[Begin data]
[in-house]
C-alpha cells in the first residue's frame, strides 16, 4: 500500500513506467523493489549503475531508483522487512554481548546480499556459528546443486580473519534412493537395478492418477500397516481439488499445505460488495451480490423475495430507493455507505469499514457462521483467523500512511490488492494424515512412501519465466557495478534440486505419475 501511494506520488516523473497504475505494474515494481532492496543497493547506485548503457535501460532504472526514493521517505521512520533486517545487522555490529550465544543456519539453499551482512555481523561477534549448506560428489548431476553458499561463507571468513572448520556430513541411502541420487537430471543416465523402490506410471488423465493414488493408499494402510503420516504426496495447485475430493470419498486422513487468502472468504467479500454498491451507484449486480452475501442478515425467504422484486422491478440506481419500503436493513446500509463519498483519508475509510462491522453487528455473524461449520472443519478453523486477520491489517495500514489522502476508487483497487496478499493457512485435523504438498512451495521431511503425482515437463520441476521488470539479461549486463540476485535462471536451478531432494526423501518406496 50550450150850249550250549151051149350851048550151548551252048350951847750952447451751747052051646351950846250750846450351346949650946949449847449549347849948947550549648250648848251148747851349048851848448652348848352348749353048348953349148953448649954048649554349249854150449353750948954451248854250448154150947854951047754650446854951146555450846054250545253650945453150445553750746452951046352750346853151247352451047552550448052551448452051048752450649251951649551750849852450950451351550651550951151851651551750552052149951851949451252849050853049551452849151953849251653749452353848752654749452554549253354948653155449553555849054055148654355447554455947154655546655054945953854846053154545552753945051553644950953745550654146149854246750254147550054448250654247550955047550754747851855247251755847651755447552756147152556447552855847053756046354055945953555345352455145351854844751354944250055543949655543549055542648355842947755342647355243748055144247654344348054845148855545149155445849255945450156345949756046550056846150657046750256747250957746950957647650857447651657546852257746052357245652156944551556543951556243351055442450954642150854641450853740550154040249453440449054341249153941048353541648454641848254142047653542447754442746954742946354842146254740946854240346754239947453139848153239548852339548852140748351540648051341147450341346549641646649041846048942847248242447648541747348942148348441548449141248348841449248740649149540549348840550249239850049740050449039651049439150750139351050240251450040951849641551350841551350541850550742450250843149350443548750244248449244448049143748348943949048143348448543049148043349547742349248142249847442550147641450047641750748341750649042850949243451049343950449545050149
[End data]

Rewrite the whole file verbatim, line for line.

[in-house]
C-alpha cells in the first residue's frame, strides 16, 4: 500500500513506467523493489549503475531508483522487512554481548546480499556459528546443486580473519534412493537395478492418477500397516481439488499445505460488495451480490423475495430507493455507505469499514457462521483467523500512511490488492494424515512412501519465466557495478534440486505419475 501511494506520488516523473497504475505494474515494481532492496543497493547506485548503457535501460532504472526514493521517505521512520533486517545487522555490529550465544543456519539453499551482512555481523561477534549448506560428489548431476553458499561463507571468513572448520556430513541411502541420487537430471543416465523402490506410471488423465493414488493408499494402510503420516504426496495447485475430493470419498486422513487468502472468504467479500454498491451507484449486480452475501442478515425467504422484486422491478440506481419500503436493513446500509463519498483519508475509510462491522453487528455473524461449520472443519478453523486477520491489517495500514489522502476508487483497487496478499493457512485435523504438498512451495521431511503425482515437463520441476521488470539479461549486463540476485535462471536451478531432494526423501518406496 50550450150850249550250549151051149350851048550151548551252048350951847750952447451751747052051646351950846250750846450351346949650946949449847449549347849948947550549648250648848251148747851349048851848448652348848352348749353048348953349148953448649954048649554349249854150449353750948954451248854250448154150947854951047754650446854951146555450846054250545253650945453150445553750746452951046352750346853151247352451047552550448052551448452051048752450649251951649551750849852450950451351550651550951151851651551750552052149951851949451252849050853049551452849151953849251653749452353848752654749452554549253354948653155449553555849054055148654355447554455947154655546655054945953854846053154545552753945051553644950953745550654146149854246750254147550054448250654247550955047550754747851855247251755847651755447552756147152556447552855847053756046354055945953555345352455145351854844751354944250055543949655543549055542648355842947755342647355243748055144247654344348054845148855545149155445849255945450156345949756046550056846150657046750256747250957746950957647650857447651657546852257746052357245652156944551556543951556243351055442450954642150854641450853740550154040249453440449054341249153941048353541648454641848254142047653542447754442746954742946354842146254740946854240346754239947453139848153239548852339548852140748351540648051341147450341346549641646649041846048942847248242447648541747348942148348441548449141248348841449248740649149540549348840550249239850049740050449039651049439150750139351050240251450040951849641551350841551350541850550742450250843149350443548750244248449244448049143748348943949048143348448543049148043349547742349248142249847442550147641450047641750748341750649042850949243451049343950449545050149